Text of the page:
Neural Stem Cells
Amelia J. Eisch, UT Southwestern Medical Center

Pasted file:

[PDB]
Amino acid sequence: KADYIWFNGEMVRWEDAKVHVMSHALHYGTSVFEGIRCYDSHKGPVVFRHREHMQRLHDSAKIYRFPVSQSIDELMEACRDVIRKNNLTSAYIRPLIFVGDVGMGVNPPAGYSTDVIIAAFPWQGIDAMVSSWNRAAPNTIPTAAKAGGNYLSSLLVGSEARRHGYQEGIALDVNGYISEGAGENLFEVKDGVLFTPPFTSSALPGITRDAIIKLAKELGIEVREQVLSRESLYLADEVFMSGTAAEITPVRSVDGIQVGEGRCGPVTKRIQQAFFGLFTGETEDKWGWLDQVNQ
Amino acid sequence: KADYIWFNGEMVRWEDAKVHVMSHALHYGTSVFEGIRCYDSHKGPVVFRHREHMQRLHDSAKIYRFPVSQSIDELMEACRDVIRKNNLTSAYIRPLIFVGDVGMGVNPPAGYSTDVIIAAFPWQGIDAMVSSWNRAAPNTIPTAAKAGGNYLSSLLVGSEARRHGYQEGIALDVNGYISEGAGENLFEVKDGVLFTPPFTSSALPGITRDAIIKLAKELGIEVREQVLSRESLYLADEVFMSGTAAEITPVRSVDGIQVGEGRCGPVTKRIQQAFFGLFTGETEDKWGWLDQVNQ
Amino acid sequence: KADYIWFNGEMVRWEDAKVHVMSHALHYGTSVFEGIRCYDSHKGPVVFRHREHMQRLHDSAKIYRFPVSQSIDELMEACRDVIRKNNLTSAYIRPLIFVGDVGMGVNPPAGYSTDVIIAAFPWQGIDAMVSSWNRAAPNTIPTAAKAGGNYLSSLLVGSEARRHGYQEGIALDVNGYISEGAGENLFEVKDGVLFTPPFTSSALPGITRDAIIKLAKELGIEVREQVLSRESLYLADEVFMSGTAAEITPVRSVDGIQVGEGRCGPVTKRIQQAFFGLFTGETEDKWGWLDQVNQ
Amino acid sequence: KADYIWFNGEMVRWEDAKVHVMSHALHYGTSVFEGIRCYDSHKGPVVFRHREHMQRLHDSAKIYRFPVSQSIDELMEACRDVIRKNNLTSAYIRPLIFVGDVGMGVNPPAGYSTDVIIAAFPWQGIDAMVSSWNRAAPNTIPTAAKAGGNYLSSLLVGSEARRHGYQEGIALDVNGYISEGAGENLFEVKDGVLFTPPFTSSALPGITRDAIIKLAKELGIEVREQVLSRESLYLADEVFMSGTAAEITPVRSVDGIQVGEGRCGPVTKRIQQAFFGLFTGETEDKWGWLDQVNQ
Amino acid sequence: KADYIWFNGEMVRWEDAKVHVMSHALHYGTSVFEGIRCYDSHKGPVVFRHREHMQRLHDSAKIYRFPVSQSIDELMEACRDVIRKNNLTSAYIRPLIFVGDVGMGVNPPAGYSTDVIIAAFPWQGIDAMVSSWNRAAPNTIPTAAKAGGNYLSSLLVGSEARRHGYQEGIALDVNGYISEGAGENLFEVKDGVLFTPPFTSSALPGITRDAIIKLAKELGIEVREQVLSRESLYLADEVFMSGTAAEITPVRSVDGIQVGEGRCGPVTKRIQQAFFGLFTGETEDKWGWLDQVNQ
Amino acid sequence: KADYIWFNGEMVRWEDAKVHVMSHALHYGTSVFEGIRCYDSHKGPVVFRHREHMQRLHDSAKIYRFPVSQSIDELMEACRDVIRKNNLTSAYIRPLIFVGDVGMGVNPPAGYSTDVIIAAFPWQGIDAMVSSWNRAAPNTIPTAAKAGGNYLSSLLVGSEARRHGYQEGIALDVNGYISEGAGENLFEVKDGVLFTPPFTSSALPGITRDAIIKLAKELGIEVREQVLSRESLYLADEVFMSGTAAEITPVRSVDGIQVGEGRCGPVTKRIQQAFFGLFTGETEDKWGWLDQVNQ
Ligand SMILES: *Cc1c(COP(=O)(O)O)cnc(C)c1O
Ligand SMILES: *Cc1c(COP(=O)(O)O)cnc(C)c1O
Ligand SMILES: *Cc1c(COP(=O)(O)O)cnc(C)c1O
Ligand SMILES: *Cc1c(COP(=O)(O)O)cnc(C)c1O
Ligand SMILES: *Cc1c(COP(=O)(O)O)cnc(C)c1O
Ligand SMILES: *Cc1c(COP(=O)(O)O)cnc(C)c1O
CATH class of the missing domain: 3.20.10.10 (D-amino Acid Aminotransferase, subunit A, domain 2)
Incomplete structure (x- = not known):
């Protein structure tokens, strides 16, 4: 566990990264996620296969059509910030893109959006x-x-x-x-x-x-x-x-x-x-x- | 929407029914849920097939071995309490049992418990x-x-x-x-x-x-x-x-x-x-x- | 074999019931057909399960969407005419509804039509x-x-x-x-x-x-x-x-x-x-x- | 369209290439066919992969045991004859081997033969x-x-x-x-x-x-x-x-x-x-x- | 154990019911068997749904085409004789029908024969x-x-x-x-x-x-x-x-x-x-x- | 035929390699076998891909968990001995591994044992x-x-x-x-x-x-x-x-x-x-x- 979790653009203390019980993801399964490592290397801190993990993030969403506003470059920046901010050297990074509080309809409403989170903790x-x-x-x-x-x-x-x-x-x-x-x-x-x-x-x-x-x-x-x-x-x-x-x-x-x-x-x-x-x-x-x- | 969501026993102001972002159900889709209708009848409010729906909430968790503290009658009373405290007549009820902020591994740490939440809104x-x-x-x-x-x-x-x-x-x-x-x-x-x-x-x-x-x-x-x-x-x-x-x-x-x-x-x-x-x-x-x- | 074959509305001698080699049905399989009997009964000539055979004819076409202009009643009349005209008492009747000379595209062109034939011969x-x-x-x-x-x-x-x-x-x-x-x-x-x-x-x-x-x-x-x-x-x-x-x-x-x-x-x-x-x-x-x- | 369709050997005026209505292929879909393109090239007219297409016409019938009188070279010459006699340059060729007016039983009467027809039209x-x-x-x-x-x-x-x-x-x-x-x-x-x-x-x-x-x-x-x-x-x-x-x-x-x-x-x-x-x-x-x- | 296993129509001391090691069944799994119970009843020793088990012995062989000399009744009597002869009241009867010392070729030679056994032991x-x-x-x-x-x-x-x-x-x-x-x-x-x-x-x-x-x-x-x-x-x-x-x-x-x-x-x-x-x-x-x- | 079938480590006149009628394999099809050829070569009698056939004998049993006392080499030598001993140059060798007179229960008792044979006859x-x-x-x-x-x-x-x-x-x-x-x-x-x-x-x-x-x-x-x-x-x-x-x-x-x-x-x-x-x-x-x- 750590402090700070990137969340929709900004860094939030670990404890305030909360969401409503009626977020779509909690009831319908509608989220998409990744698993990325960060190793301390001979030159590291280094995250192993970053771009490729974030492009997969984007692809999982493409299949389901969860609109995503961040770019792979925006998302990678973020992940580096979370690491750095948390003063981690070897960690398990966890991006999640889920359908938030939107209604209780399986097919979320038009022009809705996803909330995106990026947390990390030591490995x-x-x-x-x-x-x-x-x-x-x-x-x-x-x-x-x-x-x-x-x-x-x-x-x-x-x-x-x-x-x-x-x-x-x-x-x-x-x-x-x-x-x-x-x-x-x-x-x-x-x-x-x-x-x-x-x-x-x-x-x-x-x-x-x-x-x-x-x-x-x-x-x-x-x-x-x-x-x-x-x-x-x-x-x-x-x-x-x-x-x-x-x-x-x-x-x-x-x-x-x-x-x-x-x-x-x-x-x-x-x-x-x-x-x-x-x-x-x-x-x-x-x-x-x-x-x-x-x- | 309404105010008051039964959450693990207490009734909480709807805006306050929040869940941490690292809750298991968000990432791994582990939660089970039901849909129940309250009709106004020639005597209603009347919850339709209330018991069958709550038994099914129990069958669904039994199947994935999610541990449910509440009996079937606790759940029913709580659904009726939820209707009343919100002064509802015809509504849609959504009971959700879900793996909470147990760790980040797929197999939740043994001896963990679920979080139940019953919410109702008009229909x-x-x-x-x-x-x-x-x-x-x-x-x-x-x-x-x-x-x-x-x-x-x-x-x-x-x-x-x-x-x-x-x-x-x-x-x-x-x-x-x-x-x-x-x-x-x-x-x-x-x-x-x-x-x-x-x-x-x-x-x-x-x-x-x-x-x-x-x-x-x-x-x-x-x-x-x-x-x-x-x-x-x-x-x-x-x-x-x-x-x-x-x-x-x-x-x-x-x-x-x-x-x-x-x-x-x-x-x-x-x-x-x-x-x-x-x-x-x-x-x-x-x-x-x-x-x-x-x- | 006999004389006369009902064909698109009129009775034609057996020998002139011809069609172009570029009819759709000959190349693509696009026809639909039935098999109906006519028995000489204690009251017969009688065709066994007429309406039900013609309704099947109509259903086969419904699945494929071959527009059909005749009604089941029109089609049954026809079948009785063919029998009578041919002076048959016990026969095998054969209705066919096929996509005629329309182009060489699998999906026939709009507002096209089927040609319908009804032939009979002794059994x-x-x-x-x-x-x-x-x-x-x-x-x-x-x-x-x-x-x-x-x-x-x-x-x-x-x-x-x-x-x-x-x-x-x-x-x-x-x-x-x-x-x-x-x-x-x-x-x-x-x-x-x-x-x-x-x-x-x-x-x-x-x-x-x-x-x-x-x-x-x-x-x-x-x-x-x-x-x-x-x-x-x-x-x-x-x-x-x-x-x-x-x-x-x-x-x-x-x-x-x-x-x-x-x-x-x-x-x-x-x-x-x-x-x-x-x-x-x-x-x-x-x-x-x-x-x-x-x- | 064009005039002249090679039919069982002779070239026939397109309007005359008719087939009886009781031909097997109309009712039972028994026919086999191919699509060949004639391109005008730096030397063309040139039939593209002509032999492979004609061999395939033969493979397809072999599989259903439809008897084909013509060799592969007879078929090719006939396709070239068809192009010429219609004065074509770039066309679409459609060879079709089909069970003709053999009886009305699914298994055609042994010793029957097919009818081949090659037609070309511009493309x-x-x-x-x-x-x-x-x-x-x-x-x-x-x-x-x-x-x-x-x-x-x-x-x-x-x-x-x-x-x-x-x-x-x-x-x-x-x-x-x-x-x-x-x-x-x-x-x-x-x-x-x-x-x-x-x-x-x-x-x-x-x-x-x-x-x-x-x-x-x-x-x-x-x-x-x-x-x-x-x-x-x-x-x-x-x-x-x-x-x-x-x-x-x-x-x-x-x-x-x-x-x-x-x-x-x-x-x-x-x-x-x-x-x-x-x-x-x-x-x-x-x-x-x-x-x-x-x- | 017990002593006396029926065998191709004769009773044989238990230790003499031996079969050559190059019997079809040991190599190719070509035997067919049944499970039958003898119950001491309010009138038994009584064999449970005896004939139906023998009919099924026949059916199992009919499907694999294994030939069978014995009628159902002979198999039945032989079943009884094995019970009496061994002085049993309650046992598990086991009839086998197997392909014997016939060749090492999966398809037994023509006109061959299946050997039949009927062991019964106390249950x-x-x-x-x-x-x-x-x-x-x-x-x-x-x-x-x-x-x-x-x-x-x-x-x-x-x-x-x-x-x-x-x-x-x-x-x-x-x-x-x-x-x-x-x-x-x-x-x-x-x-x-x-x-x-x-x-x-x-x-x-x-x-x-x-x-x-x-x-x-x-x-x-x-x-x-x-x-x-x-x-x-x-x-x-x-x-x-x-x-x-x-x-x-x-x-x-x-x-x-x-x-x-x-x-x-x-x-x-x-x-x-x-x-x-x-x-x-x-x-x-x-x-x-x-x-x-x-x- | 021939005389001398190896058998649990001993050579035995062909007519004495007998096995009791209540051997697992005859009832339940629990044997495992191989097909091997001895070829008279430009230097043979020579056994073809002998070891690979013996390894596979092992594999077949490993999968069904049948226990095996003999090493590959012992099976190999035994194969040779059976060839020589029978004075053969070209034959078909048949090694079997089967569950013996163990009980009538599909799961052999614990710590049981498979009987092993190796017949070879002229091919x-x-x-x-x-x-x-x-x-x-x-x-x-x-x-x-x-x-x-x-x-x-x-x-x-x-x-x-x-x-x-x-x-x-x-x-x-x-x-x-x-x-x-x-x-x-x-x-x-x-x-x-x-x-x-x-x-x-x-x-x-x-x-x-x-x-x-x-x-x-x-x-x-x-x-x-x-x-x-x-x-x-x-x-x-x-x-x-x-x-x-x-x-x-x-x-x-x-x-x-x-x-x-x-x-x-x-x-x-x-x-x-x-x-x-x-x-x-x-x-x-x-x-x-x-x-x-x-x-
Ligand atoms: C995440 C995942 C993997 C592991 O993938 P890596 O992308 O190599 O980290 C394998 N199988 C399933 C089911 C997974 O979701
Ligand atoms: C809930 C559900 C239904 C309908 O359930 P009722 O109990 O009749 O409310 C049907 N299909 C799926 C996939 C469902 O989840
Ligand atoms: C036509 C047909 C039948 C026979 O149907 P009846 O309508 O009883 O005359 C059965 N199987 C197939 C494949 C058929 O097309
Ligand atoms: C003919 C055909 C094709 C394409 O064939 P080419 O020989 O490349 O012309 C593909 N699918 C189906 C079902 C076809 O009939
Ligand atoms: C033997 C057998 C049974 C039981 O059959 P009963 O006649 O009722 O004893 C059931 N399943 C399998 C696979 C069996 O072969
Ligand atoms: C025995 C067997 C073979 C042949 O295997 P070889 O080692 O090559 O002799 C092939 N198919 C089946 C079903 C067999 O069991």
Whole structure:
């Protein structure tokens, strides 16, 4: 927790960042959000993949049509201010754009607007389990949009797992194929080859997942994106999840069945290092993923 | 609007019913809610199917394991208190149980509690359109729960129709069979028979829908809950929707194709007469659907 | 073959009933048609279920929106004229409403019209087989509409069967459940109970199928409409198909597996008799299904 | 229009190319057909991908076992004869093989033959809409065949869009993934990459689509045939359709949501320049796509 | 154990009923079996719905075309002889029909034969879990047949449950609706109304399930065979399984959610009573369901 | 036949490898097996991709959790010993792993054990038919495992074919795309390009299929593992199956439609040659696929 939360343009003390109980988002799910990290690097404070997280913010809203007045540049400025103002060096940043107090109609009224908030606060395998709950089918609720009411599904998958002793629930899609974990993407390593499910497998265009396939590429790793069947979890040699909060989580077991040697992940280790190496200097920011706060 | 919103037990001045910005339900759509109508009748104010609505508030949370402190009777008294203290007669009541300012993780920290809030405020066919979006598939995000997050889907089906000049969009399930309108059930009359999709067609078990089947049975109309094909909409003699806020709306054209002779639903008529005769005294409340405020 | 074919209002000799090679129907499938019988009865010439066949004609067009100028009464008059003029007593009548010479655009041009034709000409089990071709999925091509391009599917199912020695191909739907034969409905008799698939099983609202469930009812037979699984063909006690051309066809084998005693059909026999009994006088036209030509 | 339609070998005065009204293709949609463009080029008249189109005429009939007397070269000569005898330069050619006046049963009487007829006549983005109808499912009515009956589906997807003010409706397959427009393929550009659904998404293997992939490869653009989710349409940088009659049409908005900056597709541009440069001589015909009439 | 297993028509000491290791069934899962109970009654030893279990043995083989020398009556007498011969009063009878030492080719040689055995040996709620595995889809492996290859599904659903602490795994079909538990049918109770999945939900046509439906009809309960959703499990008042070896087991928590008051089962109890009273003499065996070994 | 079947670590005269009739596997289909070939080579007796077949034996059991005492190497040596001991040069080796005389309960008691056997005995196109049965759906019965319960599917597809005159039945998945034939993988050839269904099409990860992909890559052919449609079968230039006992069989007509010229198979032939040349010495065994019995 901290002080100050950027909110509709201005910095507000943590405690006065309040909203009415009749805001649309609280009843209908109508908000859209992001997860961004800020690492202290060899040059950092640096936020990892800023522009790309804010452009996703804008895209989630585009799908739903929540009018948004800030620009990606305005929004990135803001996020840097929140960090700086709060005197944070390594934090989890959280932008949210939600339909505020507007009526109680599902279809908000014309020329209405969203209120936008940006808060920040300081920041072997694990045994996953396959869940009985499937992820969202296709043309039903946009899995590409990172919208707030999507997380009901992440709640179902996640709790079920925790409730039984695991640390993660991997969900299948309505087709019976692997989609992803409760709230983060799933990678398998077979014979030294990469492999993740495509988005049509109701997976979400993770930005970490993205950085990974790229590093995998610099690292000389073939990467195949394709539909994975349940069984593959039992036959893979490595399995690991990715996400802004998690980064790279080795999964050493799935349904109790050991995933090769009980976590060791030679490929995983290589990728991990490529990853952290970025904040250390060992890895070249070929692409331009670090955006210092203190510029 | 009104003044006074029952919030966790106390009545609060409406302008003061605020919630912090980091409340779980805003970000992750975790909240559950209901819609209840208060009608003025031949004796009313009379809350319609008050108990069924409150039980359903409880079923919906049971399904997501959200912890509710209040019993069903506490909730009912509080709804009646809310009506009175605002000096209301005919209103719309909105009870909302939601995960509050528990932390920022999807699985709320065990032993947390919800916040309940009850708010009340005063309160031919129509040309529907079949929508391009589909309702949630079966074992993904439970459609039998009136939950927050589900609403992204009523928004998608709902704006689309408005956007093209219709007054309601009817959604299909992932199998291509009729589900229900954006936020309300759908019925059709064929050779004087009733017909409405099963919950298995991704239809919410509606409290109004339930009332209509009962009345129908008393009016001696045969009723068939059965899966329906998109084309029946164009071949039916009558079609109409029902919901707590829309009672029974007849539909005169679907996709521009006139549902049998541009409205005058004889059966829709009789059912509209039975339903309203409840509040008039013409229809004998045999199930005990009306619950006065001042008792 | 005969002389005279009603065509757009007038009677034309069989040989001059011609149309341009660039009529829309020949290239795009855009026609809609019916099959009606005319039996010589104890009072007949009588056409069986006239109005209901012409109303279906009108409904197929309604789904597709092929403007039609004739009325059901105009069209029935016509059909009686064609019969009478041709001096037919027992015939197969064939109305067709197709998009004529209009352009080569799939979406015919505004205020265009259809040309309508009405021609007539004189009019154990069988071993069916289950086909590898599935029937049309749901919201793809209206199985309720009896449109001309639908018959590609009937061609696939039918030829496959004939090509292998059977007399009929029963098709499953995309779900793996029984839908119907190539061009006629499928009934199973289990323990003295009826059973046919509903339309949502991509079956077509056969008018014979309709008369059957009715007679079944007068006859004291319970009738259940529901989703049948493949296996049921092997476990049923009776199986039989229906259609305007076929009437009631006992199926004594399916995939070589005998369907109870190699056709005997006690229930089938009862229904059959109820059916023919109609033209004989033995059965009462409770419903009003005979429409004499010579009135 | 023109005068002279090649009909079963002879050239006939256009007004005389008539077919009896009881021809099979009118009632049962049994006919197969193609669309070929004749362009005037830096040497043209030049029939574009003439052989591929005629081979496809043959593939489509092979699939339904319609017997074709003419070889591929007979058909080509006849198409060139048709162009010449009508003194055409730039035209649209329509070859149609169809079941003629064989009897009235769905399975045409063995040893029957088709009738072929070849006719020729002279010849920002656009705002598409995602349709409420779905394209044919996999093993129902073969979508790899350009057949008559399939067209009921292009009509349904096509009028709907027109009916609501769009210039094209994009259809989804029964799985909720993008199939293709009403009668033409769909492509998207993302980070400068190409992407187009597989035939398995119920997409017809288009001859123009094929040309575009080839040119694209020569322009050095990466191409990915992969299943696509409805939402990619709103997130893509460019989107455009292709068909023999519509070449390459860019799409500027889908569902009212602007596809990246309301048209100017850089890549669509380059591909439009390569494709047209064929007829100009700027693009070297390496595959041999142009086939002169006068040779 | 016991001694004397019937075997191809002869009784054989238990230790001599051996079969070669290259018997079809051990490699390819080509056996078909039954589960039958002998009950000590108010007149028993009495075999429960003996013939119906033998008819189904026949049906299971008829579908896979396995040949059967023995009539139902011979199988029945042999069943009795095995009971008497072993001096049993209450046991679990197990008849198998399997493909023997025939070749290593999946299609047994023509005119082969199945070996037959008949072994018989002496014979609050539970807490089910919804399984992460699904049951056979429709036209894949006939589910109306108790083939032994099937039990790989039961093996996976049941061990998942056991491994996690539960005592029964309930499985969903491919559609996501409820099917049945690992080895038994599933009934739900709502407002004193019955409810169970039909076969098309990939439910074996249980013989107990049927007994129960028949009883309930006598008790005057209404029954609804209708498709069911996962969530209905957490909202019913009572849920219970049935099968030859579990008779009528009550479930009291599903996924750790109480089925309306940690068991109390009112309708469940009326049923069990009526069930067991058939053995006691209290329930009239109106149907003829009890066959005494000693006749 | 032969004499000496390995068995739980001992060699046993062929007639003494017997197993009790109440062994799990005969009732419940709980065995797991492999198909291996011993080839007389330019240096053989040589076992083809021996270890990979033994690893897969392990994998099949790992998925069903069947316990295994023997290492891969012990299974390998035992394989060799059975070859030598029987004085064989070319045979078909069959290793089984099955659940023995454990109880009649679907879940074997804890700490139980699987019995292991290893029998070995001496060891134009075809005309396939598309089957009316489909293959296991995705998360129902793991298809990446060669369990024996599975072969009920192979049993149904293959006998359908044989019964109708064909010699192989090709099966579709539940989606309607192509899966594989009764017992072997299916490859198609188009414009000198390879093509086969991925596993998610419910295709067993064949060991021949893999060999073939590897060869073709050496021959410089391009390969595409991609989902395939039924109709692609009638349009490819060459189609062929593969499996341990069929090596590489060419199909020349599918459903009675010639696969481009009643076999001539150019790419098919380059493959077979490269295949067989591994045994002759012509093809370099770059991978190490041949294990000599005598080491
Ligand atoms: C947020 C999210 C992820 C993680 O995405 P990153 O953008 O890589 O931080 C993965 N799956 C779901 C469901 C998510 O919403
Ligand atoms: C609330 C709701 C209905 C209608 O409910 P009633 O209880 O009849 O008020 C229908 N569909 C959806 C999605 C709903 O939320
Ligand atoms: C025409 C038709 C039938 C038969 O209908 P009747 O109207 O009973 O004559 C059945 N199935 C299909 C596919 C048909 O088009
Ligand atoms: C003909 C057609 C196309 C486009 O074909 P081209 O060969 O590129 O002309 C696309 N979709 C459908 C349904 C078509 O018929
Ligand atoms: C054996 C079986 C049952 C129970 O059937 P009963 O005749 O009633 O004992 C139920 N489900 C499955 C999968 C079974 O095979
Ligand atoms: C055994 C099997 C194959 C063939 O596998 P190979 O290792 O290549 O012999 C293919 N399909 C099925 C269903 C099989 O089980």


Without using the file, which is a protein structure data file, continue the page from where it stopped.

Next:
One of the greatest mysteries about the brain is how it can continually adapt and respond to environmental and physiological stimuli, an ability that neuroscientists refer to as “neuroplasticity”. There are many kinds of neuroplasticity, including physical sprouting of new processes; the regulation of gene and protein expression; and the modification of electrical communication among brain cells. All of these types of neuroplasticity have at some point been proposed to contribute to fundamental brain functions like learning and memory, and thus have been the target of intense research to try to understand the brain and perhaps repair the injured or diseased brain. However, one of the most earth-shattering discoveries made in neuroscience in the past century was a novel form of plasticity in the adult brain: neurogenesis. Long considered restricted to the embryonic or early postnatal period, the birth of new neurons is now known to occur throughout life in mammals, including humans. The putative source of these new neurons - neural stem cells - is the focus of this session. I will provide brief historical, anatomical, technical, evolutionary, and computational perspectives on neural stem cells and the birth of new neurons in adult brain. I will also lay the groundwork for the talks by Daniel Lim and Maura Boldrini by providing an overview of current theories about “what adult neurogenesis is good for” and “what is good for neurogenesis”, and hopefully inspire discussion of transdisciplinary ways we might attempt to understand the birth of new neurons in old brains.
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